The second difference would be the content of the books. Many writers in the Ancient Rome genre focus on the blood, battles, and violence of the era and tend to leave everything else as secondary or nonexistent elements. While war and violence factor into each book of the MAGNUS trilogy, I’d have to say they are certainly not the main focus of my books. I frequently spend less time describing the violence in war than I do the internal turmoil of decisions my main character makes. As much as this was the case with “Rising Sun,” “Triumphator” scales this fact up quite a bit. One of the things that has thrilled me thus far into “Rising Sun’s” exposure to the world is that women have seemed to love the book as much as men. I believe this has to do with my central focus of the story – relationships and emotions – and the tension those two things cause the protagonist.
3. Why do I write what I do?
I definitely write about what interests and enthralls me. Today I’m 200,000 words into the MAGNUS trilogy and can honestly say that I’ve not been bored once! I first fell in love with Ancient Rome seven years ago and my love has only increased with time. It’s a fascinating era full of incredible characters so that makes it much easier to stay interested.
4. How does my writing process work?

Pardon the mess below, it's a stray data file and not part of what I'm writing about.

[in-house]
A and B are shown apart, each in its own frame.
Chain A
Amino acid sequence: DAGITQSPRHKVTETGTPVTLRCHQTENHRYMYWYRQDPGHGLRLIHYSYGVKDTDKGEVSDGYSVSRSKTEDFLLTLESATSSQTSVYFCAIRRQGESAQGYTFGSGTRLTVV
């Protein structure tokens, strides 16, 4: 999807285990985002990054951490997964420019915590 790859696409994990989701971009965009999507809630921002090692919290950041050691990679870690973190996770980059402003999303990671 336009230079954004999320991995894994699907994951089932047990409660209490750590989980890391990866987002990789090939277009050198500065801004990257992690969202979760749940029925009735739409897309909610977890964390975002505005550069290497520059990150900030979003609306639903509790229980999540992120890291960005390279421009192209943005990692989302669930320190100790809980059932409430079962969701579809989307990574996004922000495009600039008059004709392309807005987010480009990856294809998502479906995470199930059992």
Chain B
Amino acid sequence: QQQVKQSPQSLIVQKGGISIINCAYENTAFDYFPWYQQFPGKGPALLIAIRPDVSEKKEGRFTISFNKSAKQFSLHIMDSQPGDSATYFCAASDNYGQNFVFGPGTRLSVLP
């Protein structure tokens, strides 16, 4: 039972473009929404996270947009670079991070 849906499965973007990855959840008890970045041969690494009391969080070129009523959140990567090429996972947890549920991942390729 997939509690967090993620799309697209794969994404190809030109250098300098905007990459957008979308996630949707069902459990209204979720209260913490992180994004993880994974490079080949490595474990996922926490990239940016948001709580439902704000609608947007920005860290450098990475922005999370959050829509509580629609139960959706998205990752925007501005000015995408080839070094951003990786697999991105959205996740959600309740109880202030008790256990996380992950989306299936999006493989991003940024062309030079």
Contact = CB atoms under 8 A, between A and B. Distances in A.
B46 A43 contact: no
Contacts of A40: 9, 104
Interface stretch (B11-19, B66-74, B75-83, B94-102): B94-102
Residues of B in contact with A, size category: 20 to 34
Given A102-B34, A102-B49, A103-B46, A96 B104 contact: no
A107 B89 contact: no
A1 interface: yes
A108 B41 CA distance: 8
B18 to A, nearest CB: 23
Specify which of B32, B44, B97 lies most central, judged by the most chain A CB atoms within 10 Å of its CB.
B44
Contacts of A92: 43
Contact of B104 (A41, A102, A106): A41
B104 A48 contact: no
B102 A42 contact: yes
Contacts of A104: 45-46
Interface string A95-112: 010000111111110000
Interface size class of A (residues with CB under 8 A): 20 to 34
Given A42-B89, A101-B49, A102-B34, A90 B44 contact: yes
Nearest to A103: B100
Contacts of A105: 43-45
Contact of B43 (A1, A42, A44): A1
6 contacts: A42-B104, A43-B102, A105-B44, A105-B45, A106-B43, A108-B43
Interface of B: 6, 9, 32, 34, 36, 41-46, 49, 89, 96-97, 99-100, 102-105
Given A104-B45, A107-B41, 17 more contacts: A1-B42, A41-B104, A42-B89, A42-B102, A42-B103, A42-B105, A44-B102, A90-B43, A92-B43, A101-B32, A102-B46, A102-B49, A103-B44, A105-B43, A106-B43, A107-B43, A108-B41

With the MAGNUS series, I was fortunate enough to have the timeline already supplied for me as the story sticks to purely historical events. The life of Pompey the Great was too massive to capture in one novel, so the first step was to figure out the logical places to divide the books. Once that was done, I had to decide which portions of the story to keep and which were unnecessary or out of place with the rest of the story.
The first two steps were by far the easiest parts of the process! Although I had a timeline of events, it was now my job to fill in the details. While a handful of conversations or speeches from his life are still available to us (such as the phase he spoke which gave me the title for “Rising Sun”), his story is mostly written by historians as: event after event, who was there, what happened. With the skeleton now in place, it was then my job to add the organs, muscle, and skin in order to create a living, moving being.
Once I had my main events in place, I basically focused on building a chapter or two around each event. For the most part, I can get through the first draft of two to three chapters in one week. As I work best in the morning, I block that part of the day aside for writing. Recently, I’ve tried to go back and do second draft editing in the evenings, which is the part of the process that really tends to flesh out the story in significant ways. Coffee and writing work hand in hand under most circumstances!
Once I’ve finished the first two drafts, I go back and reread the story to fill in small details, change some of the wording, drop unnecessary segments, and make any other number of changes that pop up while writing the rest of the story. After this step, I hand the third draft off to two unbiased readers in order to get their feedback on the story’s content and flow, make those recommended changes, and submit it to an editor for proofreading/editing.
Whew! Now that I think about it, that’s a lot of work! I’d better get back to it if I want to finish “Triumphator” in time for a July release. You can follow its progress on my Facebook page here: